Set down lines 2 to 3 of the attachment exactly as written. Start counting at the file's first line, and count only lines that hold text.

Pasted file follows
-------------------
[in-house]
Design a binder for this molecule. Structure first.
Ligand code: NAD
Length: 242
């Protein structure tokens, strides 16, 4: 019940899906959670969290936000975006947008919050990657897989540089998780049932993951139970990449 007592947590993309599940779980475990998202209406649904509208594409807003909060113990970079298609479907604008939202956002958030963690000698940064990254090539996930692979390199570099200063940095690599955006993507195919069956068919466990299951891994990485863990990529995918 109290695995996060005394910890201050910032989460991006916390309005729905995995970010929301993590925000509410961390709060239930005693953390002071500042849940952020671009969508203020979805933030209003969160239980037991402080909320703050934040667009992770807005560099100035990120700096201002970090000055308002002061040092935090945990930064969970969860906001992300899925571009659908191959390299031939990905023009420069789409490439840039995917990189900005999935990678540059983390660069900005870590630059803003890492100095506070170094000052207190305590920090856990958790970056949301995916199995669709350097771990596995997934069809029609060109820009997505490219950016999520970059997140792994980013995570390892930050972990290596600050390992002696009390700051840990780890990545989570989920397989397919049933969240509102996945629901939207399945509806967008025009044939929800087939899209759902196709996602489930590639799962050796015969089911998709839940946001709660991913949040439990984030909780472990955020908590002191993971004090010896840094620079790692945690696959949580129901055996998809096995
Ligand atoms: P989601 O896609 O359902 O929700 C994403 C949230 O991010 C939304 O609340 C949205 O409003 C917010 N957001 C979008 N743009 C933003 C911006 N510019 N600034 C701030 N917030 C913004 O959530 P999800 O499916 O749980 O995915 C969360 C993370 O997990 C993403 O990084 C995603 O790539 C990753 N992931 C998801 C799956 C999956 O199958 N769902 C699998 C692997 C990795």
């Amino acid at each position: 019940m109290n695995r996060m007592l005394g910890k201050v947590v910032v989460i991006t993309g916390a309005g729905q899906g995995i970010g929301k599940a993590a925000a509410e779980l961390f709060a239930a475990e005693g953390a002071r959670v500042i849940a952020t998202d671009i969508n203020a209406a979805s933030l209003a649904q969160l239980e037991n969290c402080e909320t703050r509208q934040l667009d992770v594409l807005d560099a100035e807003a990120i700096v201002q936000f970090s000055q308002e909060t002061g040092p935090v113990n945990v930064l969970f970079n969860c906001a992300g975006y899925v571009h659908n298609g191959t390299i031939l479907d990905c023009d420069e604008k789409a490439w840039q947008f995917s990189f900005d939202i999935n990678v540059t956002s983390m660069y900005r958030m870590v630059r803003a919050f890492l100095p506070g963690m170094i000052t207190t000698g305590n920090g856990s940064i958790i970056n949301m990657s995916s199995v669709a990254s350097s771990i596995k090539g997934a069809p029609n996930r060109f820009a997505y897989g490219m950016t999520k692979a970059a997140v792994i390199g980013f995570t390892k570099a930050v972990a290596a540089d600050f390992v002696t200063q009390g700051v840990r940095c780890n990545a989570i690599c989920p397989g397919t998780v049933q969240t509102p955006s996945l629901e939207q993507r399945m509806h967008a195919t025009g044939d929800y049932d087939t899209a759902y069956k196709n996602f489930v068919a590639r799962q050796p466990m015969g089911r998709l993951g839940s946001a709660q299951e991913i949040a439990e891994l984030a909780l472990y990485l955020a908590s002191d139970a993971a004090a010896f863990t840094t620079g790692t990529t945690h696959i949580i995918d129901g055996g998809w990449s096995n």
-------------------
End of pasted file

Design a binder for this molecule. Structure first.
Ligand code: NAD